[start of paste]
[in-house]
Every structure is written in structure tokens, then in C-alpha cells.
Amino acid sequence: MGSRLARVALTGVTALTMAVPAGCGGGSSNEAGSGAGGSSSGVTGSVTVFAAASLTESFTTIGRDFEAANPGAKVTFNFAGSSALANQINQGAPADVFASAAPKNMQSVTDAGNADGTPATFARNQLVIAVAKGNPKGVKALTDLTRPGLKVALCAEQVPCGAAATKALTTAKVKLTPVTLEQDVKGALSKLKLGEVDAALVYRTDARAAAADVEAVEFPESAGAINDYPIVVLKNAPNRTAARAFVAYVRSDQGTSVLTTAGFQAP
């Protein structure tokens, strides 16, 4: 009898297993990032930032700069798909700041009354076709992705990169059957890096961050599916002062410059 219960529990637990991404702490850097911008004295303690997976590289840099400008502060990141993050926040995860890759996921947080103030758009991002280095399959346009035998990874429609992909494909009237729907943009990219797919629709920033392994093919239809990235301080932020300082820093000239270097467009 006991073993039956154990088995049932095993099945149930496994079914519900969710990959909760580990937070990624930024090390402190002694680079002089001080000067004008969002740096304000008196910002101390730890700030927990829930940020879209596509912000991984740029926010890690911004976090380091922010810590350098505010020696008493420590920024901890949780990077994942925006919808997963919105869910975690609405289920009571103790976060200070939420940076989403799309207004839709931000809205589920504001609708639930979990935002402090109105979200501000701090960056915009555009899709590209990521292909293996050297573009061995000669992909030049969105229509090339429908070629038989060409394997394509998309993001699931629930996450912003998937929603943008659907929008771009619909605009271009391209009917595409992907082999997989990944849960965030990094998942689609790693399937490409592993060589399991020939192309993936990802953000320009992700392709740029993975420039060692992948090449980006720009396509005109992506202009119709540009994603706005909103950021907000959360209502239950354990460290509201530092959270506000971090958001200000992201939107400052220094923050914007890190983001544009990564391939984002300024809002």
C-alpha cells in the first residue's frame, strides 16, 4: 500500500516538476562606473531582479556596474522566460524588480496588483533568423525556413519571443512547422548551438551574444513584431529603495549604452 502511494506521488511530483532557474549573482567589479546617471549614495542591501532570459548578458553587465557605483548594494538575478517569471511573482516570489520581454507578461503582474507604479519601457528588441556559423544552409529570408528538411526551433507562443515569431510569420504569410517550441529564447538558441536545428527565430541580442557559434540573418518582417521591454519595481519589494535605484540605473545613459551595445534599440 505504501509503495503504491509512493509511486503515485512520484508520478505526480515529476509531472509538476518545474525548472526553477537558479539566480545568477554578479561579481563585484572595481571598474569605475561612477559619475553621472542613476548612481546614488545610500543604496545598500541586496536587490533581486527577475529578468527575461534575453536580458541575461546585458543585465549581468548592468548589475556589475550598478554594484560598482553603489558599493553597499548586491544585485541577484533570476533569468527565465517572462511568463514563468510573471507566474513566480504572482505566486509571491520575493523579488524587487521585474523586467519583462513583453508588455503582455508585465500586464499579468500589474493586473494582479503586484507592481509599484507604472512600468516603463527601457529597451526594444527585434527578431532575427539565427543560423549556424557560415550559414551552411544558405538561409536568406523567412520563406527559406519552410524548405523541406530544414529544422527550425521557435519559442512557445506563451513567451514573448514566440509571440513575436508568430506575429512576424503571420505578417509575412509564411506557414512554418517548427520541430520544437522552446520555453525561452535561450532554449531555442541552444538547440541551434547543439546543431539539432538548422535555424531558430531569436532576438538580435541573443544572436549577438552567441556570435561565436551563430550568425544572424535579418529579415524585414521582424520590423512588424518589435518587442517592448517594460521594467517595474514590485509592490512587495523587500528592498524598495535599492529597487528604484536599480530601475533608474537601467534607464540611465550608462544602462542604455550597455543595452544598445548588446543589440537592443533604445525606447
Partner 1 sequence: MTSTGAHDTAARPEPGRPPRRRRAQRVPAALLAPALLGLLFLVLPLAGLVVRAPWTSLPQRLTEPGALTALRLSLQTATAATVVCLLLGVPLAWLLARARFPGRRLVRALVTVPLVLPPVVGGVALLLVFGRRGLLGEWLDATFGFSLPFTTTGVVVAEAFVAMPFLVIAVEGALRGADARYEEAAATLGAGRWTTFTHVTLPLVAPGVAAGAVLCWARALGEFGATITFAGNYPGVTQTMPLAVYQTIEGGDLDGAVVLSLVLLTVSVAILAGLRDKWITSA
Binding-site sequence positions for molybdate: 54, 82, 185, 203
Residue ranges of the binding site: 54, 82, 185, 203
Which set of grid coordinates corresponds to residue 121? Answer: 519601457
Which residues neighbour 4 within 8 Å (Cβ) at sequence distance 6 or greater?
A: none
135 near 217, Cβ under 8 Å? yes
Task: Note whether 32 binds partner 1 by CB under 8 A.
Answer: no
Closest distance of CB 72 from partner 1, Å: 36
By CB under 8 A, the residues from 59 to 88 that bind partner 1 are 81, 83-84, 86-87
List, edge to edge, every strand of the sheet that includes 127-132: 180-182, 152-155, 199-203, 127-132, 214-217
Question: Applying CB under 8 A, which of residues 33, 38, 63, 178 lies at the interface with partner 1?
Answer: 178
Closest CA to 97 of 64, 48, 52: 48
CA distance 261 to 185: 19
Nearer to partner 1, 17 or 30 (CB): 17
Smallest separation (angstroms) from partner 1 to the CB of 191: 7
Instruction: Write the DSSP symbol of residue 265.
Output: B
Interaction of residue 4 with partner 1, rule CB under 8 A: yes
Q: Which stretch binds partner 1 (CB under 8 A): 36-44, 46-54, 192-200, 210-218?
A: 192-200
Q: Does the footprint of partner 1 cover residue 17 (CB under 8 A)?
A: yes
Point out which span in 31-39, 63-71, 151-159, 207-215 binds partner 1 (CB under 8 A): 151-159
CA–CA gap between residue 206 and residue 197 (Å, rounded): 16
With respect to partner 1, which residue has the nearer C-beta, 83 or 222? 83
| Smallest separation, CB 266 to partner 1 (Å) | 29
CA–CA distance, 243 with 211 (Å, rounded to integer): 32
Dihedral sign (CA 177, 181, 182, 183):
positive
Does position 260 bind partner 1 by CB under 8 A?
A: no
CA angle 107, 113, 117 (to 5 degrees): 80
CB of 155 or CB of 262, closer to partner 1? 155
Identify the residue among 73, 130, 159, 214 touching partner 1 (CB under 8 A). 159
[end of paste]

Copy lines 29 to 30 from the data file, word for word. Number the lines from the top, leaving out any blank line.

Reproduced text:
Q: Does the footprint of partner 1 cover residue 17 (CB under 8 A)?
A: yes